Twitter account Dril identified on Tumblr and Reddit.

Twitter’s Best Weirdo Got Identified and It Doesn't Matter

Twitter’s Best Weirdo Got Identified and It Doesn't Matter

Future Tense
The Citizen's Guide to the Future
Nov. 17 2017 6:41 PM

Twitter’s Best Weirdo Got Identified and It Doesn't Matter

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No one can stay in the shadows forever.

Leon Neal/Getty Images

The Twitter account known as Dril has long been one of the internet’s most unlikely treasures. A comically unhinged, but somehow coherent character, Dril is, as the AV Club’s Clayton Purdom puts it, “a rare rallying point and muse for everyone, regardless of affiliation or creed.” Indeed, the account’s best tweets show us our own digital lives as in a fun house mirror.

Retweeting a Dril tweet feels like a small gift to those who follow you on Twitter: To do so is to insert a bit of antic eccentricity into the stream of bad news (or as we call it in 2017, “news”) that generally blankets the platform. There are other accounts that meet a similar need (I’m partial to Birdsrightsactivist), but few quite manage to hit the tone that Dril has perfected, an unlikely combination of self-contempt and self-confidence.

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For years, one of the defining features of Dril was his anonymity. The account reportedly had origins on the Something Awful forums, and its author was supposedly acquainted with Jacob Bakkila, creator of the famously strange account Horse_ebooks. Beyond that, though, details were scarce, which most agreed was for the best. “The most important part of dril lore is that no one knows who dril is,” Alexander Mcdonough wrote on Medium. Purdom likewise suggests that the account’s anonymity contributes to the feeling that Dril is just the internet itself—in all its hilarious stupidity—personified.

Some people, though, just can’t let a good thing be. On Friday afternoon, K. Thor Jensen mournfully tweeted that Dril’s LinkedIn page had been identified.

Though Jensen pointed back to a recent Tumblr post on the topic, much of the real investigative work seems to have been done by Reddit users back in September. The name has, in other words, been out there for months, but it’s only finding its way to the surface now. And there’s a reason for that, presumably: No one really wants to know who Dril is. Both the Daily Dot and Mashable rounded up numerous Tweets from mourners, many of them irritated that anyone had bothered to identify Dril in the first place.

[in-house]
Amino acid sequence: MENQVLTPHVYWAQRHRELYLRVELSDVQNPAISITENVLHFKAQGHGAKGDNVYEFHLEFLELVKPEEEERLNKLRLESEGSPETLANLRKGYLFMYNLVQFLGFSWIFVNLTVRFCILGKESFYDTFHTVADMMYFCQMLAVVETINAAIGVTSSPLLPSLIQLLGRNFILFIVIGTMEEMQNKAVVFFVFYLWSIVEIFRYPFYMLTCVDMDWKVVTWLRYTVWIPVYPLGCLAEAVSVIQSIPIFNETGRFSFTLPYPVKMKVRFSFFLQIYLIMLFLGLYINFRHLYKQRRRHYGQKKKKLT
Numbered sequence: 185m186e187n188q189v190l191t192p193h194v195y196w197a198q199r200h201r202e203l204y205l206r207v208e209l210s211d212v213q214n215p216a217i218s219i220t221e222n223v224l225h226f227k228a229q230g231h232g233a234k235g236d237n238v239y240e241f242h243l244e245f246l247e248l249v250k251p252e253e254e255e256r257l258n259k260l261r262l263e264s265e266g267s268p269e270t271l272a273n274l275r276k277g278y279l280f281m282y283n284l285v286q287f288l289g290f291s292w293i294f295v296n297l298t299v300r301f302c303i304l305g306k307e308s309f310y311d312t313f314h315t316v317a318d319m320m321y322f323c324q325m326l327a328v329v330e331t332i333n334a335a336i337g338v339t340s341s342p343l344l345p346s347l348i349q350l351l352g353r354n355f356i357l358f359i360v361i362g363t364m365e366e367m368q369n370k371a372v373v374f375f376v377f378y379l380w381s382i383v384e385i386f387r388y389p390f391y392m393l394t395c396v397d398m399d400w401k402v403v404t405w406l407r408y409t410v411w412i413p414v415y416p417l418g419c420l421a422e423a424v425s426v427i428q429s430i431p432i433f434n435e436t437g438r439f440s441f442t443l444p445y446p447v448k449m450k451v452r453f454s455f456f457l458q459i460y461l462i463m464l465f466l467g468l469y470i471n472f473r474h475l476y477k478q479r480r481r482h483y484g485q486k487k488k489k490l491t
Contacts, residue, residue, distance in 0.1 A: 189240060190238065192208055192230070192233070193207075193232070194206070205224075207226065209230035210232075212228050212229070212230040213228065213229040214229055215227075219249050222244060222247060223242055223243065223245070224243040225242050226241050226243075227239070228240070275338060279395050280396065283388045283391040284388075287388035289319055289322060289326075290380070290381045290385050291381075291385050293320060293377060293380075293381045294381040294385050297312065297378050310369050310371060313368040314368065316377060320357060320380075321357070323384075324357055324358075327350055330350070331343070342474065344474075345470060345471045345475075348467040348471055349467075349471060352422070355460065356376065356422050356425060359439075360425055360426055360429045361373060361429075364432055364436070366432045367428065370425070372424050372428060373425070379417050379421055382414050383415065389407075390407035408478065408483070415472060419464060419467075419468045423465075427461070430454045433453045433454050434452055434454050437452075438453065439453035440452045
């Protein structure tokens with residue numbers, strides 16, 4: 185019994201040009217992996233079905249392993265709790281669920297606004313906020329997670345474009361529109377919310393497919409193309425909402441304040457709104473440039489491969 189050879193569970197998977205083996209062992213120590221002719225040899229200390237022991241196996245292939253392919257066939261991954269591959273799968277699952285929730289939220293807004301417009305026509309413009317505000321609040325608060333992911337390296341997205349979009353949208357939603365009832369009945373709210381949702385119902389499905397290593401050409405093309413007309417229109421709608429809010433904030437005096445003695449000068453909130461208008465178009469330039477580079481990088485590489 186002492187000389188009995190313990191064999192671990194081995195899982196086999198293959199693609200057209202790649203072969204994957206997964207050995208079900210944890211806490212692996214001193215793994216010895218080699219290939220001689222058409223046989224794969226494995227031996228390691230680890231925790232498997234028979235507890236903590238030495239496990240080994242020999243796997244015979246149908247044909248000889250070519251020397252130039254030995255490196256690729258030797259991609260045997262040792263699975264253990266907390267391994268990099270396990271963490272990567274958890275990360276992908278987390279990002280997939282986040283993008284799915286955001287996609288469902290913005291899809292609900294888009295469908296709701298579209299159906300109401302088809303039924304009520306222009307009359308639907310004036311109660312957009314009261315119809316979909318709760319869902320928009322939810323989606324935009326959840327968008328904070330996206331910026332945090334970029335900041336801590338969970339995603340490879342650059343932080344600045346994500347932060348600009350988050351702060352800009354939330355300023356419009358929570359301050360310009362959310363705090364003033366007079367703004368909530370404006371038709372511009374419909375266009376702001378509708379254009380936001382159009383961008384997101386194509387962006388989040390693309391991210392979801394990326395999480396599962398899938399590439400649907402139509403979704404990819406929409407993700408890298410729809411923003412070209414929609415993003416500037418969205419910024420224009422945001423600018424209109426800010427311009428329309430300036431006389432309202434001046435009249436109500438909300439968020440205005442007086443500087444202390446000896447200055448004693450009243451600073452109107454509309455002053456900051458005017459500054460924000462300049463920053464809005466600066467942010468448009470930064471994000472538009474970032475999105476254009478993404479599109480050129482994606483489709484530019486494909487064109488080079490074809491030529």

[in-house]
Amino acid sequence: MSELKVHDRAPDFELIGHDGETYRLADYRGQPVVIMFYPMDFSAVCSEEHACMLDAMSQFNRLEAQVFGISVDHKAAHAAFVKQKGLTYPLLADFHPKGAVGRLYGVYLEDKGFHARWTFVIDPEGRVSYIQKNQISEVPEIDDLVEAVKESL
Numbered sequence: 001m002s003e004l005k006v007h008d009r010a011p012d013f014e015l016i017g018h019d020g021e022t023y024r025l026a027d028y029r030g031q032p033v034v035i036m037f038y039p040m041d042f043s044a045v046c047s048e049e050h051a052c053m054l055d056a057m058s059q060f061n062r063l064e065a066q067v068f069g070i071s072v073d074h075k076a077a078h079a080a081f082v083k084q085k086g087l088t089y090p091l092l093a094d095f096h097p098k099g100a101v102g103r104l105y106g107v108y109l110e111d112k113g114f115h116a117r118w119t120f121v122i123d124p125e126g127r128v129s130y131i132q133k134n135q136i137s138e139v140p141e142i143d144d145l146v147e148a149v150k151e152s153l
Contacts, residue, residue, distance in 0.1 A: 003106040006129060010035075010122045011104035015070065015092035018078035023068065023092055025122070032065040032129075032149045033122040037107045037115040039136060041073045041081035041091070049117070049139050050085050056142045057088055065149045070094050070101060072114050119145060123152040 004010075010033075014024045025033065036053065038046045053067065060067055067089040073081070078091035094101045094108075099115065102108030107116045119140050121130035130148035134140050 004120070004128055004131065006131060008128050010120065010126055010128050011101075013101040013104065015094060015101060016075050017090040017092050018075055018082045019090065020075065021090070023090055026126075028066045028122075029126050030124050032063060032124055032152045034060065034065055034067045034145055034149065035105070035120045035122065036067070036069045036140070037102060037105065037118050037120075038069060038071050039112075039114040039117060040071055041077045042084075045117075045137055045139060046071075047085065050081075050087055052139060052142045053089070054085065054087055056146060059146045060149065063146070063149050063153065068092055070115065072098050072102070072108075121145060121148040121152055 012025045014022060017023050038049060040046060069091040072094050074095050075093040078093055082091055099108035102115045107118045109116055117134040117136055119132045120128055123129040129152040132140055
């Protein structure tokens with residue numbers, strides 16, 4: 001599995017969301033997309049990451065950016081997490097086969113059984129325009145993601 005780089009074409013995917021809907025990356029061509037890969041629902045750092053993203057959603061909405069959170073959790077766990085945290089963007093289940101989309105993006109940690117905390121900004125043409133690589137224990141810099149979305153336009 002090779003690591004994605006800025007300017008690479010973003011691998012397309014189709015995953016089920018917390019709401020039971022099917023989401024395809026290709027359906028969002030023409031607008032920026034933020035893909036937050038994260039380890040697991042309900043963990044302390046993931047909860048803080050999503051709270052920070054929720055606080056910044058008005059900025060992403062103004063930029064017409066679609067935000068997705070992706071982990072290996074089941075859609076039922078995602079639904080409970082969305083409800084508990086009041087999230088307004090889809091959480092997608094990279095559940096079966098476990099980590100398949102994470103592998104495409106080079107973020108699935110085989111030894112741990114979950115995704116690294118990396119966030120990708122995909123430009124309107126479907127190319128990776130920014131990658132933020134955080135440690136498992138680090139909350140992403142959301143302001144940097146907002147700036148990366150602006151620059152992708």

Some of the bereaved go further, suggesting that the mere act of identifying Dril should be a punishable crime.

I can respect this position: There’s something to be said for keeping the mystery alive. But if I haven’t named the individual behind Dril, it’s mostly because it doesn’t matter. I made my way through the Tumblr post. I’ve trawled the Reddit thread. I’ve seen the name. And I don’t care. It changes nothing. I’ll forget it by tomorrow.

None of Dril’s fans really believed the character was anything but a character. But knowing that there was a performer behind the mask didn’t make the mask any less wonderful. That’s as true today as it was before. If the revelation still upsets, it may be because, as Purdom suggests, Dril seemed to be all of us, a composite of our foolishness and our foibles. Identifying the author doesn’t, however, make that feeling go away; it simply reminds us of something we should have recognized all along: Even as we were reading Dril, Dril was reading us.

Future Tense is a partnership of SlateNew America, and Arizona State University.